I love how Ping Pong the Animation, an anime about high school ping pong tournaments, cares so deeply about its subject matter. It introduces characters by their grip and style, even their paddle rubber. Makoto Tsukimoto: right shakehand grip, pips-in/long pips-out, attacking chopper. Kong Wenge: right Chinese penhold grip, pips-in rubber on both sides, counter driver.
Standing outside of my first ever fighting game tournament—a little promotional jam for Rising Thunder—I’m imagining the anime splash screens of the players mulling about with their sticker-covered fight sticks. HORI Real Arcade Pro VX, left pinky/ring finger joystick grip, default Chel, Kinetic Advance. Mine would give me away as a scrub: Cherry MX Reds, custom keyboard layout, default Vlad, Kinetic Advance.
My keyboard looks silly among all these fight sticks. I’m starting to regret putting my name down. But a keyboard is what I’m comfortable with, and I remind myself that Seth Killian, one of Rising Thunder’s creators, plays on a keyboard. I’ve been taking his advice since I started playing. If this were an anime, Killian would probably be a retired pro who runs an unconventional dojo, always at odds with his old rival from the authoritarian dojo down the street.
He does give me a pointer as I practice at one of the rigs set up for the event, but it’s another flick to my nerves. I didn’t even know you could cancel Vlad’s Clobbering Rush into his super, and that this is new information to me settles it: I am going to lose. I knew that going in, but now I really know it.
Before the tournament starts, I turn around to see Killian following a dog that has wandered to the back of the event space at the Folsom Street Foundry. So I also know that this definitely is an anime.
Vlad’s a tough character
Showdown at the foundry
It’s worth giving a little love to the Folsom Street Foundry and Showdown eSports, which puts on game nights in the spacious San Francisco bar on Tuesdays, Wednesdays, and Thursdays. If you’re ever in the area, I highly recommend stopping by. The cover fee is $5.
It’s a double elimination tournament—casual, no entry fee—and my first match will be the first on the livestream. This doesn’t help my nerves. “I am going to lose,” I tell my opponent, who has a friend behind him for encouragement. “Don’t worry.”
I immediately regret the thought. I recall the sports I played as a kid and all the pithy motivational sayings. Believe in yourself. I’m surprised that, even though I expect to lose, I want to win. I’m sweating and there’s a lump in my chest. I’m full of some agitator, but it’s weirdly pleasant. “I’m nervous,” says Ping Pong’s Wenge. “I kind of like the feeling, actually.”
I go down in two games to mostly brutal defeats, winning only one round.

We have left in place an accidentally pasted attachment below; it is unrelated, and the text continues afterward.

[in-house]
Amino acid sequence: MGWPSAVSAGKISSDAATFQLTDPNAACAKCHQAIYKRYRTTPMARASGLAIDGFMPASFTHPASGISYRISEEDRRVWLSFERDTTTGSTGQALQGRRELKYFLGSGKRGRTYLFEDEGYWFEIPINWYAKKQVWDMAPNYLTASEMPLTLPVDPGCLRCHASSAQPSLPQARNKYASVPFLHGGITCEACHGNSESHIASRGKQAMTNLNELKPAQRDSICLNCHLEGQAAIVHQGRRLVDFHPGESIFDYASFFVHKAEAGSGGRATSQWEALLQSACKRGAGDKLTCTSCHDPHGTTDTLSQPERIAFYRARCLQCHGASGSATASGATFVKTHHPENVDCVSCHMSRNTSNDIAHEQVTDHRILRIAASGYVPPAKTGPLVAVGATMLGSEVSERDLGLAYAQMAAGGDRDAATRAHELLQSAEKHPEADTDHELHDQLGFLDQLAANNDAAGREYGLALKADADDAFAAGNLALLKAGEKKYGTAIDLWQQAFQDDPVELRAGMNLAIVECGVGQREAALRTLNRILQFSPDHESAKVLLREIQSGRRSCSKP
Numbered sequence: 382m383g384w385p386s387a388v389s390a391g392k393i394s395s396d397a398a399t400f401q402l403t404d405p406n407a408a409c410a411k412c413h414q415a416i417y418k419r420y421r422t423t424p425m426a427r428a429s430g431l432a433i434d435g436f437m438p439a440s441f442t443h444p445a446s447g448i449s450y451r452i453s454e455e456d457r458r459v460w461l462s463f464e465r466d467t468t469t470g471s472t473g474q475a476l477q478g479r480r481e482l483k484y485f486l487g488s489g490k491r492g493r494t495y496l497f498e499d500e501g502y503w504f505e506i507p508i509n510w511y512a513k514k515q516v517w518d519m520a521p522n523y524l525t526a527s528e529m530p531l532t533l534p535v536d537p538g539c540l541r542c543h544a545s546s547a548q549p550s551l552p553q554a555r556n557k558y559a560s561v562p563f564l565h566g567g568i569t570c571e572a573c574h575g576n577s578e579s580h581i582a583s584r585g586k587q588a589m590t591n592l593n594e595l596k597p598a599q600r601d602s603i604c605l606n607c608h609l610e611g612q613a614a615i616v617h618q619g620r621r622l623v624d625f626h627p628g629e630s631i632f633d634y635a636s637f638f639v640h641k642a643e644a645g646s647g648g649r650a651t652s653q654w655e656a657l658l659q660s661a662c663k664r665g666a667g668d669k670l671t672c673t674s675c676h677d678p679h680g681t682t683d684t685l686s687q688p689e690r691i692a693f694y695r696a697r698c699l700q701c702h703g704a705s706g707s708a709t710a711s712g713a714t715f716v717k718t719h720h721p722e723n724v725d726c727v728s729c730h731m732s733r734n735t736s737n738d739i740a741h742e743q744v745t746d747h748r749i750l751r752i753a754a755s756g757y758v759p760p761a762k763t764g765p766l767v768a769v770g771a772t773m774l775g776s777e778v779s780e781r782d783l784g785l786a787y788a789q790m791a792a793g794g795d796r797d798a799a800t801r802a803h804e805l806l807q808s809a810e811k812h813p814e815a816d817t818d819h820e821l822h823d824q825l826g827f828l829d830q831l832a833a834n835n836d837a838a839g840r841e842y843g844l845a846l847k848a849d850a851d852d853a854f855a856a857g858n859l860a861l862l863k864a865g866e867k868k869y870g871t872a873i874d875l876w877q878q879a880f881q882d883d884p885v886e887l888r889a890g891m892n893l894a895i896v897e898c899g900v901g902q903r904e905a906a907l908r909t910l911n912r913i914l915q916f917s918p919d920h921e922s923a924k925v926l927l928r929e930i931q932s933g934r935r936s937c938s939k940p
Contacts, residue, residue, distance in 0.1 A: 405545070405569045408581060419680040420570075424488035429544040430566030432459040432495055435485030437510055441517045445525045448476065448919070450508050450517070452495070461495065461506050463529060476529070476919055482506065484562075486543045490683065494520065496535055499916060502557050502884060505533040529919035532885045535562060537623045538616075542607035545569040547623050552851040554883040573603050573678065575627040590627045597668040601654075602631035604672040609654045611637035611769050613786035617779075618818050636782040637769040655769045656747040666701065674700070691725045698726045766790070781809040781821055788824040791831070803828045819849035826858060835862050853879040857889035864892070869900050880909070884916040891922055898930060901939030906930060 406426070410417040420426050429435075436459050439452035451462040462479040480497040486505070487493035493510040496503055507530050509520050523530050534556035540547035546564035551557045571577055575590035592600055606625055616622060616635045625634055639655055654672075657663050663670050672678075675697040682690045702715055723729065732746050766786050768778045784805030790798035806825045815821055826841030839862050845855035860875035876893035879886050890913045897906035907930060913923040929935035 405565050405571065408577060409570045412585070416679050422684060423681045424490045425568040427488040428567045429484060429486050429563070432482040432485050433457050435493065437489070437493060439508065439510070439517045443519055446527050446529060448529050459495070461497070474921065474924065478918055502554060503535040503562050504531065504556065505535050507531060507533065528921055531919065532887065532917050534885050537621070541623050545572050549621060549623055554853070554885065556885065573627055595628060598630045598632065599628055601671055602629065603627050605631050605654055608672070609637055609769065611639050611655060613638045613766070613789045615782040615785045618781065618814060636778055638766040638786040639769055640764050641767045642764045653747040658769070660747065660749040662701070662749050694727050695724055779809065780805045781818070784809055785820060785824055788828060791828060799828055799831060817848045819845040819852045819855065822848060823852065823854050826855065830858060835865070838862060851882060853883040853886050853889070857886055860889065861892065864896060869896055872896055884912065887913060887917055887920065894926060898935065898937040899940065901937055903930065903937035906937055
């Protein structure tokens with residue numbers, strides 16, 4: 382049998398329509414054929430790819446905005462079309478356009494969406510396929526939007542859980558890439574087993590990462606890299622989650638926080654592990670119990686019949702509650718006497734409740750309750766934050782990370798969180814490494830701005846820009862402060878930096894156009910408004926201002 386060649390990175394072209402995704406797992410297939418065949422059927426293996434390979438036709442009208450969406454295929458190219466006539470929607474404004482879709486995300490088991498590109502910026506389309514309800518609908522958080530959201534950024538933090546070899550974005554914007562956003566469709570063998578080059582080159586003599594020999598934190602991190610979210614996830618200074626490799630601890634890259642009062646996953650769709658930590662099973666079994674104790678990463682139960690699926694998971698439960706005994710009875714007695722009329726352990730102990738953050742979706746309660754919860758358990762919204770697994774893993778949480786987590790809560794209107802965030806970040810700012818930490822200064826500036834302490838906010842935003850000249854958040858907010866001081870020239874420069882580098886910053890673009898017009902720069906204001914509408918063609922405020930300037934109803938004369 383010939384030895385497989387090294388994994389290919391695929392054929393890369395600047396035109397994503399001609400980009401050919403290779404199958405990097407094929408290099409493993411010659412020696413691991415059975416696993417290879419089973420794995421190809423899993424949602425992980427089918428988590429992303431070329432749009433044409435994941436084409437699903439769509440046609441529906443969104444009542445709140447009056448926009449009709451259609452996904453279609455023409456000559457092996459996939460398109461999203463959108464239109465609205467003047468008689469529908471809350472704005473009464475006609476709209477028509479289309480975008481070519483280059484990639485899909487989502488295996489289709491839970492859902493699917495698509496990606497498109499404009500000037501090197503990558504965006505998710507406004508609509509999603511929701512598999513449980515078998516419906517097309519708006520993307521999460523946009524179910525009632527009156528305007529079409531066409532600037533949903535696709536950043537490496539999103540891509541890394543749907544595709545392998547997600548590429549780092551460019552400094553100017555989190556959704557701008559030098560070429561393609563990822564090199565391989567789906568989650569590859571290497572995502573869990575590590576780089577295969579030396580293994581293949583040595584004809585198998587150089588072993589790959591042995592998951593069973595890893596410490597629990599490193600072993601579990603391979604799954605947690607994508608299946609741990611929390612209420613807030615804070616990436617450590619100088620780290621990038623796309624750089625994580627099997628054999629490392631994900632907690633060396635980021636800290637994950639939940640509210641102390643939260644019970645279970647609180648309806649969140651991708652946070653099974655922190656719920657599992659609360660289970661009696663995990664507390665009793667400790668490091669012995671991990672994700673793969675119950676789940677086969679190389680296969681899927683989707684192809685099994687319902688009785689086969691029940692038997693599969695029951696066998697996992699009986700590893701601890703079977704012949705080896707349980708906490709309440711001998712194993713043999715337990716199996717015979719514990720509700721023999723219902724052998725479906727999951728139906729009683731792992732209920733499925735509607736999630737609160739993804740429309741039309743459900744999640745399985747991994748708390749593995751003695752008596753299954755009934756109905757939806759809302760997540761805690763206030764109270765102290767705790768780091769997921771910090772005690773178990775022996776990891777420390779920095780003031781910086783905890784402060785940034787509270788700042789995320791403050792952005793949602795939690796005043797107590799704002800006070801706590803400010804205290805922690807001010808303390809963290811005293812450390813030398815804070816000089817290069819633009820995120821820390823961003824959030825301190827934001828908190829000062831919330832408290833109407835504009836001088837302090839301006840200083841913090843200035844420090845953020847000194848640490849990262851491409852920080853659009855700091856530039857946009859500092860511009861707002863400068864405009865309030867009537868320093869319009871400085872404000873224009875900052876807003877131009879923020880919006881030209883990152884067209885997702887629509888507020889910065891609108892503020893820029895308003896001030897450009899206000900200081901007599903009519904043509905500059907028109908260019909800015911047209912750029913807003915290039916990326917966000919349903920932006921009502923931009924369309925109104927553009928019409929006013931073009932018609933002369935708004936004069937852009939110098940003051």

I shake hands with my opponent and we share the kind of talk sensitive and non-confrontational people have when one has just embarrassed the other. “Vlad’s a tough character” and “Has the meta changed at all? I didn’t check the latest patch notes” and “Oh, yeah, and I haven’t played in a couple weeks, but you’re good, yeah, I’m so bad against Edge.”
I should have said, “You beat me, you are better, congratulations!” Or maybe hung my head for a quick anime monologue. “His power… his speed… how is this possible?!”
I lose my second match just as quickly and switch to watching the progress of my first opponent, cheering him on quietly. He makes it pretty far, but eventually falls, too. There were some damn good players at this thing: Ryan “Filipino Champ” Ramirez won the whole tourney, and he’s one of the best fighting game players in the world. Back when the tournament was announced, he tweeted “thanks for the paycheck.” I imagine he followed it up with a menacing laugh and lightning bolts.
I’ve never wanted to beat anyone at a video game as much as I want to beat Ryan Ramirez at Rising Thunder. In a friendly way.
Ever since my last soccer game as a kid, I’ve avoided real competition. My whole adult life I don’t think I’ve ever seriously competed at anything—I just try to do a good job, and shrug it off when I lose, because it was ‘just for fun’ and I’m ‘not really taking it seriously.’ I didn’t think I ever wanted to feel the pain of really sincerely trying and losing.
Banish that thinking and play in a tournament if you can, in whatever competitive game you like, online or in person. It was some of the most fun I’ve had playing a game. Everyone was friendly and I got to dig into technical stuff, to belong to a club with its own language and its own anime splash screens—and internal monologues, mentors, and heroes. I loved having people watch and consider my play, bad as it was, with genuine interest, and doing the same for their play. It was a casual competition, but everyone took the game seriously because it’s fun to take it seriously.
“This isn’t a sport for guys dicking around without caring if they win,” says Ping Pong’s coach Koizumi. Maybe I am still dicking around a little bit—I know I’ll probably never beat the champ—but at least if I play to win, and lose, I’ve done something. My meager effort this time was enough to wake up my competitive spirit. I want to practice, to go again, to chase that pleasant nervousness. Though I think I’ll need a hell of a training montage if I’m ever going to beat anyone.
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